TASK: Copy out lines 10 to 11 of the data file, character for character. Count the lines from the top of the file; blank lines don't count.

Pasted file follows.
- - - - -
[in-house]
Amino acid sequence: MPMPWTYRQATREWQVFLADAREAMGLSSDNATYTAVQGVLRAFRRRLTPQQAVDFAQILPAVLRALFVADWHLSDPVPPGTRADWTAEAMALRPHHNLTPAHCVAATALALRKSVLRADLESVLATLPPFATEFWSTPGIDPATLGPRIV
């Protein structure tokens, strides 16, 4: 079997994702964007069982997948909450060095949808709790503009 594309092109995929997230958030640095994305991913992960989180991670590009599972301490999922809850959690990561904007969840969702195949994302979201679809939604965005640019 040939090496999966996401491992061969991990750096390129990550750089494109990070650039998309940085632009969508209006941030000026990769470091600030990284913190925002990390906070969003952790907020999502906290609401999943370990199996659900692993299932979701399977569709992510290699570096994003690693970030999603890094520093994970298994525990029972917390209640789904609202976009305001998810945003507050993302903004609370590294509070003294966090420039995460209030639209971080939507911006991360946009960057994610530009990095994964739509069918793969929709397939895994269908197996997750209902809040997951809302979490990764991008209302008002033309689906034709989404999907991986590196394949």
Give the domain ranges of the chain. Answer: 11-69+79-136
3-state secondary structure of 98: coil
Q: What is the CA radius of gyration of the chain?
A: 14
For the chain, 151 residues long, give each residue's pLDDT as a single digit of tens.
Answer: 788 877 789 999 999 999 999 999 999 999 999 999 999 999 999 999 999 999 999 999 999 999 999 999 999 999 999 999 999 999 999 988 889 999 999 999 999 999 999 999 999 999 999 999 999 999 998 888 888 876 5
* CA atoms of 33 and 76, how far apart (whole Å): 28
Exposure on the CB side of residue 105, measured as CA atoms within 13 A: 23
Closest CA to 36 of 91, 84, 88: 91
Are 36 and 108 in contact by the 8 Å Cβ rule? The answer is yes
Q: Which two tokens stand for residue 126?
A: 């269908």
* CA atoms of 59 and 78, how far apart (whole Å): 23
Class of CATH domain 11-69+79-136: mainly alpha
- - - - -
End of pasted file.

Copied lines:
* CA atoms of 33 and 76, how far apart (whole Å): 28
Exposure on the CB side of residue 105, measured as CA atoms within 13 A: 23